Photo: Heather Wack – Marya Spring (Desiree) and Mark A. Harmon (Frederik)
Mark A. Harmon (Frederik) and Marya Spring (Desiree) have sparkling chemistry as the lovers who rekindle their romance, and they both have commanding stage presence. The play has many other delightful characters, but it is the moments with Mr. Harmon and Ms. Spring that I treasure and of which I found myself wanting to see more.


Photo: Heather Wack – Linda Dorff (Madame Armfeldt)
Linda Dorff (Madame Armfeldt) is wry and direct in her wheelchair-bound role, and her rendition of “Liasons” is beguiling as she keeps a firm grasp on her emotions, releasing her grip every so slightly in a few moments; it’s a subtle shift but highly effective.
Photo: Adam Zeek (zeekcreative.com) – Eli Brickey (Petra)
Eli Brickey (Petra) all but stops the show with her rousing rendition of “The Miller’s Son,” though every scene in which she appears has a bit more kick than it would’ve otherwise. Her scenes with JJ Parkey (Henrik) bristle with sexual energy. Mr. Parkey plays repressed well, even persevering through the score’s weakest moment (in my opinion, mind you) – his section of the otherwise charming “Now/Later/Soon.”


Photo: Heather Wack – Jennifer Barnaba (Anne) and JJ Parkey (Henrik)
There is an odd audio anomaly that is worth pointing out; all of the voices, no matter where the actors are on stage, come solely out of a far left speaker. It’s a disconcerting sound problem, especially when the orchestra can be heard so clearly across the stage. I hope this was an issue just with the performance I attended and not a design flaw.

Short North Stage’s A Little Night Music is a very good production of a very good show, and its leisurely pace suits the material, though at around three hours it sometimes feels a bit slow. It’s a real testament to Short North Stage to have some of the biggest talents in the area on their stage all at once. I’ve always found the show itself to be second tier Sondheim (which means it is better than first tier most anyone else), but it’s that rare musical that improves in its second act. There is no shortage of talent or beauty on display in this production, one of the largest and most ambitious I’ve ever seen in Columbus not part of a touring production.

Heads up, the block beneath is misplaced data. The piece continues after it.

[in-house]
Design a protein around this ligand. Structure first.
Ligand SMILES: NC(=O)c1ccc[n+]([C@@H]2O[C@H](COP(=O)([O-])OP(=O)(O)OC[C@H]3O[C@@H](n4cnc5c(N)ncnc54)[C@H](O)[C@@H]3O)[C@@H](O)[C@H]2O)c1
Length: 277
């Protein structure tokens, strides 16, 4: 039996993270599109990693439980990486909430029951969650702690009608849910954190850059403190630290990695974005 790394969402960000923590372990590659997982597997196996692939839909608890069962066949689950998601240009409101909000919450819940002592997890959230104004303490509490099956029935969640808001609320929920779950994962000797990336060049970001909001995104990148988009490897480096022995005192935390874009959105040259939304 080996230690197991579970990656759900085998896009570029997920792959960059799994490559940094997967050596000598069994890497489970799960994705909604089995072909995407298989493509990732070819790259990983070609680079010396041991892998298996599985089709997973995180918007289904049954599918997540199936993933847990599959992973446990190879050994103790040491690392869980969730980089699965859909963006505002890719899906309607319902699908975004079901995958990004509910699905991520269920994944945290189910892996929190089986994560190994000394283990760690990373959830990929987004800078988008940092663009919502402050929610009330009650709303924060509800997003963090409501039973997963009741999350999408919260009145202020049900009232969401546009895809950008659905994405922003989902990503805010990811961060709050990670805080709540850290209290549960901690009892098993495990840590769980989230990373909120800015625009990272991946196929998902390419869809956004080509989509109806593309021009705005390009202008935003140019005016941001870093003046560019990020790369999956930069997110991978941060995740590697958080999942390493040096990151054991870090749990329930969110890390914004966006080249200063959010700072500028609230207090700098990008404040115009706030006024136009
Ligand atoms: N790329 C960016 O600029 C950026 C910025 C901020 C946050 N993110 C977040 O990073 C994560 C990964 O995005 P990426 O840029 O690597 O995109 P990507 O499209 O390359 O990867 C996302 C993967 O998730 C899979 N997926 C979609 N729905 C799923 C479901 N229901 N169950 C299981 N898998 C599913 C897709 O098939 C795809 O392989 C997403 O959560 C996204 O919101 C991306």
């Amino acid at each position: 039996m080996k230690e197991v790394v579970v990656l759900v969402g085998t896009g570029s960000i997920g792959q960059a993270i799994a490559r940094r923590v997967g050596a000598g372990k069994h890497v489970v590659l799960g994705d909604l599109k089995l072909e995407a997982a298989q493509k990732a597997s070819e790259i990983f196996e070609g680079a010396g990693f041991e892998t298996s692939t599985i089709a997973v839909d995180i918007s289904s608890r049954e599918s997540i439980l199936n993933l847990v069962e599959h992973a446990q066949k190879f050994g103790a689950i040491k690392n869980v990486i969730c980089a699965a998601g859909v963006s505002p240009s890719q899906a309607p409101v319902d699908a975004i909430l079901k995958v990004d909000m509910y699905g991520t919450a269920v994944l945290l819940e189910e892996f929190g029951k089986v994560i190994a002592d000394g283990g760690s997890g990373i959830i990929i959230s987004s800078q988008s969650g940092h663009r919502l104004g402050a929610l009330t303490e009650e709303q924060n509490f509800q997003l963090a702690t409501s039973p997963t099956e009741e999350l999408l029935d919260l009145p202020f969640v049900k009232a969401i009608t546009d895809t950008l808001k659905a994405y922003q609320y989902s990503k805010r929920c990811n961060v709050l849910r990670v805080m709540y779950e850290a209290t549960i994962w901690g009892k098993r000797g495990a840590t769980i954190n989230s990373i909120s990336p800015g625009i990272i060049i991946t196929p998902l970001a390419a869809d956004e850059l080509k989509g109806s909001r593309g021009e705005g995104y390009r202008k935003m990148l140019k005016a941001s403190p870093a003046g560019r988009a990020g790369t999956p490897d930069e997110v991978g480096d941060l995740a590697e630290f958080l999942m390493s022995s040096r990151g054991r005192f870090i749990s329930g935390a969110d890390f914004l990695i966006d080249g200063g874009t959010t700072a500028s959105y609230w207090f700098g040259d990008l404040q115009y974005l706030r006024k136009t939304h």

*** out of ****

A Little Night Music continues through to November 1st in the Garden Theatre located at 1187 North High Street in downtown Columbus, and more information can be found at http://www.shortnorthstage.org/calendar/v/467

Into the Woods (Dare to Defy Productions – Dayton, OH)

I understand why Into the Woods has become a modern classic. Since its premiere on Broadway in 1987, Into the Woods has been recorded for television broadcast, toured, had several subsequent major productions in London and New York, been licensed for production by tens of thousands of high schools and community theatres, and was finally transformed into a star-filled 2014 feature film starring Meryl Streep. The show has a terrific score with music and lyrics by Stephen Sondheim, an unpredictable but intriguing book by James Lapine, and requires a large cast of talented performers to pull off; Dare to Defy Productions presents their Into the Woods for just one weekend at the Victoria Theatre in downtown Dayton, paying justice to the material with distinct qualities that make it worth seeing even if one has already seen dozens of productions of the show in the past.


Photo: Sydney Fleming – Tori Kocher (Little Red Ridinghood) and Ray Zupp (The Baker)

Into the Woods tells of famous storybook and fairy tale characters inhabiting a land together and how their lives change in strange and new ways once their paths cross. There is a witch, a baker and his wife, Jack and his beanstalk, Cinderella and her family, Rapunzel, and Little Red Ridinghood; they all have desires and lives that are derailed by wolves, giants, and circumstances involving death and infidelity. Even though the story meanders quite a bit in the second act and comes off as a little preachy (must so many songs in one show have some kind of moral message?), the score includes such classics as “Children Will Listen,” “Stay With Me,” “No One is Alone,” “Last Midnight,” and “Giants in the Sky,” all songs forever to be performed in auditions by budding performers. This production is fortunate to have John Benjamin directing and conducting a talented team of musicians that bring the score to life with the kind of brisk tempo the material requires.